Yet, the complexity of this question, and our attempt to answer it, paled in comparison to a question she asked me a few days later: how ‘food’ animals are killed. I was silent at first, weighing up whether to change the topic or lie to her. Instead, I provided her with the most toned down version I could manage without making it sound too innocuous and clinical. There was so much more that I could have said, but I couldn’t bring myself to do so.

I couldn’t tell her that the animals are filled with terror and fear as they watch their kin being killed, knowing that they are next. I couldn’t tell her that some animals are conscious when their throats are cut.

I feel sad that we live in a society where it is necessary for me to talk to my daughter about slaughterhouses and slit throats. Should I have lied, creating something more palatable for her sensitive, young ears? There is obviously a fine balance. I want my children to understand why their father and I have chosen veganism for our family, but I don’t want to burden them with distressing information that may traumatise them.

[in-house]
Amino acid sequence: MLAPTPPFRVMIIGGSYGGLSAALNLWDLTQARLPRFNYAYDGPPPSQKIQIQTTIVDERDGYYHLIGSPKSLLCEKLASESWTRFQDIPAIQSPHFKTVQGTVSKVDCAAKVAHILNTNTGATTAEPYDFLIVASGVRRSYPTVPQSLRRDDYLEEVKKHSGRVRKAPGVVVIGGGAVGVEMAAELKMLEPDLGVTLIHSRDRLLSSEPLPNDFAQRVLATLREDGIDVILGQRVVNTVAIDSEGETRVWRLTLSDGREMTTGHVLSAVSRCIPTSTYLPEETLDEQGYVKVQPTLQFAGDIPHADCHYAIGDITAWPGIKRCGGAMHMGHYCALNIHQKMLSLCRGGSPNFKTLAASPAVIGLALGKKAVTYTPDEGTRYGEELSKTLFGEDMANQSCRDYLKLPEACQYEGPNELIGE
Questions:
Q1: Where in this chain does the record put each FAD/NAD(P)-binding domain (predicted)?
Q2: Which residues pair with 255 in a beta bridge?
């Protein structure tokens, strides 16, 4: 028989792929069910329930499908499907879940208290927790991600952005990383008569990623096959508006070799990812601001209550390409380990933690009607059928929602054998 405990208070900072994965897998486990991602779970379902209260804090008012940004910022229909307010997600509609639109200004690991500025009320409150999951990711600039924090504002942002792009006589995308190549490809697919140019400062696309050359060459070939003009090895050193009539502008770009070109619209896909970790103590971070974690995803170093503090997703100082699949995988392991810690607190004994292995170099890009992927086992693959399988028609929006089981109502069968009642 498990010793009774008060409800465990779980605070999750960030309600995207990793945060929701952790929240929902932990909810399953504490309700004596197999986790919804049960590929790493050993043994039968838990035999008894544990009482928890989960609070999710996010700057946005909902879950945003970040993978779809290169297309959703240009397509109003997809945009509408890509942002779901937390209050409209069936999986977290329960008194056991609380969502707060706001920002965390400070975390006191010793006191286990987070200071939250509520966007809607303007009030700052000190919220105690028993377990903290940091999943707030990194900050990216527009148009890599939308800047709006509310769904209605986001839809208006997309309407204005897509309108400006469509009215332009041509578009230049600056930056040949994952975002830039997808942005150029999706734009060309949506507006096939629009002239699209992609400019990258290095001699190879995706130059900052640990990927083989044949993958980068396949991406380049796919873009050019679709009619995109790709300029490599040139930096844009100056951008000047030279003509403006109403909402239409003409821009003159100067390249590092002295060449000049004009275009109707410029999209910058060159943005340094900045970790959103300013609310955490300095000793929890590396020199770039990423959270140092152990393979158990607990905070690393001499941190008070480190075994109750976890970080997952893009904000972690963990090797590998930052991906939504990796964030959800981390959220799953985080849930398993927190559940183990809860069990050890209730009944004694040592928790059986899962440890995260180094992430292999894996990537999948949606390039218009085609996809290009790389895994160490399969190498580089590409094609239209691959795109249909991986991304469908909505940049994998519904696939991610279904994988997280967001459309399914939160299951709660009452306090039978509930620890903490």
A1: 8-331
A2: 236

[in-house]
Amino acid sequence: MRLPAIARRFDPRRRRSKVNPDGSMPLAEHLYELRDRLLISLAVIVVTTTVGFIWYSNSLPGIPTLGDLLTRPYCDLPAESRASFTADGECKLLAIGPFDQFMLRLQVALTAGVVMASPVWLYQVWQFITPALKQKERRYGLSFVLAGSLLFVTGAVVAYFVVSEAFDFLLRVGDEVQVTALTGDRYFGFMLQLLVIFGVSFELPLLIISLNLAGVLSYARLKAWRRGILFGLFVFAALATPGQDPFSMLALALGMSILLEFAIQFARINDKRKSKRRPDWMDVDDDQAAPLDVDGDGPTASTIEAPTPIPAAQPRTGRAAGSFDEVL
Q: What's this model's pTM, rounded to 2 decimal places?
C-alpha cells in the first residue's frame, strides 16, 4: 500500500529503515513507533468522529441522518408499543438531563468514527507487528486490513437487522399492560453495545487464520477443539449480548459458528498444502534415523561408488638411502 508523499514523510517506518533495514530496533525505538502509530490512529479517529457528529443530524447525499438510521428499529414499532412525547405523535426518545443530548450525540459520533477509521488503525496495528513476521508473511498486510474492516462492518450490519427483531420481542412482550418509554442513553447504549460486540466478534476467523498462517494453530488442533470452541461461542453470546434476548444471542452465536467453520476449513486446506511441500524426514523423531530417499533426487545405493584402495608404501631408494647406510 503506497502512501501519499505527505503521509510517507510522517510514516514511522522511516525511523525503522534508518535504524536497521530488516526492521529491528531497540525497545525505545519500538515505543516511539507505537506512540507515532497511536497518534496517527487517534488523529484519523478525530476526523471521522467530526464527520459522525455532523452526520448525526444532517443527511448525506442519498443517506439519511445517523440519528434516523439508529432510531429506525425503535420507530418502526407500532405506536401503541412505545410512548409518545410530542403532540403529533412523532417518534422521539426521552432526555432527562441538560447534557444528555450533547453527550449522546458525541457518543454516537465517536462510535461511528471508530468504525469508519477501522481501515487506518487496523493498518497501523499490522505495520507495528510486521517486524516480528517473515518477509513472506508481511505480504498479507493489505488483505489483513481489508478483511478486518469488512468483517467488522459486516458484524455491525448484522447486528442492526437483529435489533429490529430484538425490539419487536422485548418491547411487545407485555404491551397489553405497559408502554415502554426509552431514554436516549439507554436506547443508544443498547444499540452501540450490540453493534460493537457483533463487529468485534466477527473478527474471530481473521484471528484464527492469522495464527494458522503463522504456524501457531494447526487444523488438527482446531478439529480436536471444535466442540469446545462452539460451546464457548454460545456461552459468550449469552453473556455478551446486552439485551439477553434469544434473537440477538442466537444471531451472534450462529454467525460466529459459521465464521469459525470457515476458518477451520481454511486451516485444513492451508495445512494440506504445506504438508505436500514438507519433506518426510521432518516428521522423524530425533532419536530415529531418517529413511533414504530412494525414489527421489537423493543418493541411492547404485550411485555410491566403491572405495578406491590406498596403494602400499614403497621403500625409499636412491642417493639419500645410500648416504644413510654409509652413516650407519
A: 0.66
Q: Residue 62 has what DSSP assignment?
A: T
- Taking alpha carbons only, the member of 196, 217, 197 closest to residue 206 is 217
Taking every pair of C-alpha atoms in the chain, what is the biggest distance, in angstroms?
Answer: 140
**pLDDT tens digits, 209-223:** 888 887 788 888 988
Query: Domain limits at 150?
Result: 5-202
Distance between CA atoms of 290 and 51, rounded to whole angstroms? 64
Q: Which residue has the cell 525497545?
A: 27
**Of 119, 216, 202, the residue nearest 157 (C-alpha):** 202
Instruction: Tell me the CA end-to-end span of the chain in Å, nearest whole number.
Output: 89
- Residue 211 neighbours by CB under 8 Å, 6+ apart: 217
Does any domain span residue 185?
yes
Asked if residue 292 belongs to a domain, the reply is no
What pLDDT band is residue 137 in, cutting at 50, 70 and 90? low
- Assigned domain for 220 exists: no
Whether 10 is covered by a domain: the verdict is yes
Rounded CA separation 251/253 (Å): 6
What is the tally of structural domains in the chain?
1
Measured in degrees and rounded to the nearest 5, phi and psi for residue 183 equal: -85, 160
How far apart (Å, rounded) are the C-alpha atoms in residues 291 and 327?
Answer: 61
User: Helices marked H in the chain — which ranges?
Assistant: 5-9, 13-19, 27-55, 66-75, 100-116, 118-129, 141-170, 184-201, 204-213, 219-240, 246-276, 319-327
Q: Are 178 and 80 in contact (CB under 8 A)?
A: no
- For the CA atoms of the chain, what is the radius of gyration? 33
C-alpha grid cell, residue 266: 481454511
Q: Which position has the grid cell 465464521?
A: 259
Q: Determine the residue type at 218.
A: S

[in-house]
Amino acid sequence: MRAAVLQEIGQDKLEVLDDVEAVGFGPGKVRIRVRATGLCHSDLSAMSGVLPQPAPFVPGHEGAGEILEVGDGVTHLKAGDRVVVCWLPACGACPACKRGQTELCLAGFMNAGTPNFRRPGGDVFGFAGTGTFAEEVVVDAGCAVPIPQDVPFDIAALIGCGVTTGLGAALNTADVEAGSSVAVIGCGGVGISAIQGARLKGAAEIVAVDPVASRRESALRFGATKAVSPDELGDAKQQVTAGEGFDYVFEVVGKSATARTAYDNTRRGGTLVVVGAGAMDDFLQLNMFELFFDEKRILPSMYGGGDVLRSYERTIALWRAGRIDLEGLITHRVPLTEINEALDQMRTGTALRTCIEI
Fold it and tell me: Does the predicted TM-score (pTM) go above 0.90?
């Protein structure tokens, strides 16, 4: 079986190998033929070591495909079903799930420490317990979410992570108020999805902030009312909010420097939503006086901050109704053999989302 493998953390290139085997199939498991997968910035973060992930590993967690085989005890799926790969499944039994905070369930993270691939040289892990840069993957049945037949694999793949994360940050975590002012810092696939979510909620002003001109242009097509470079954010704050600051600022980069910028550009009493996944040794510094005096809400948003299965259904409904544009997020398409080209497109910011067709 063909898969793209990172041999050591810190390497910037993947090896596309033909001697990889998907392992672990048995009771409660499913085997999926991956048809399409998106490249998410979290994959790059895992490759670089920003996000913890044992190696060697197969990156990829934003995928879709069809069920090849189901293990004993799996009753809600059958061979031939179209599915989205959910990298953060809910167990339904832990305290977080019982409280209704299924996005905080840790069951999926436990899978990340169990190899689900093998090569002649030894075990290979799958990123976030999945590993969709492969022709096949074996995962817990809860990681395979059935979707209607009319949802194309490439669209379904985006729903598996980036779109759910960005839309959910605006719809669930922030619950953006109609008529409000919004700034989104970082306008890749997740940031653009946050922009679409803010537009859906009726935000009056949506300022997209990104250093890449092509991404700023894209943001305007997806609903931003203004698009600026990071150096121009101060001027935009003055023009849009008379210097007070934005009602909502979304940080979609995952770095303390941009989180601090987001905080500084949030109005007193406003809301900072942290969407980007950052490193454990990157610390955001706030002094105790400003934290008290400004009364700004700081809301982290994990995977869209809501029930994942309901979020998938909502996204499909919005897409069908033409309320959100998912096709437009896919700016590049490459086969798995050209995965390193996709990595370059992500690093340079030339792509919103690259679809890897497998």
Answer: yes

Parents of young vegan children can learn from the experience of Mary Eileen Finch. In her article, ‘Innocence Lost: Explaining Veganism to my Daughter’, Finch writes about the day that her 6 year old daughter Rebecca, a life vegan, discovered that some animals are a source of food for humans.

Rebecca was inadvertently exposed to a vegan pamphlet containing distressing photographs that her mother graphically describes as follows: ‘a butchered cow hang[s] from a hook with blood making a puddle on the floor… a sickly pig with a pus filled sore [lies] in his own filth while rats chew on his ears’. A sobbing Rebecca is incredulous ‘But why? Why would anyone want to eat them?’ She implores her mother, ‘Don’t they know it is hurting the animals?

Although Rebecca was aware that she ate different foods to most other people, no one had yet revealed to her that animals are raised for food. Finch laments, ‘I didn’t have the heart to tell an innocent child, someone who sheds tears over dead insects, that her beloved animal friends were potential meals’.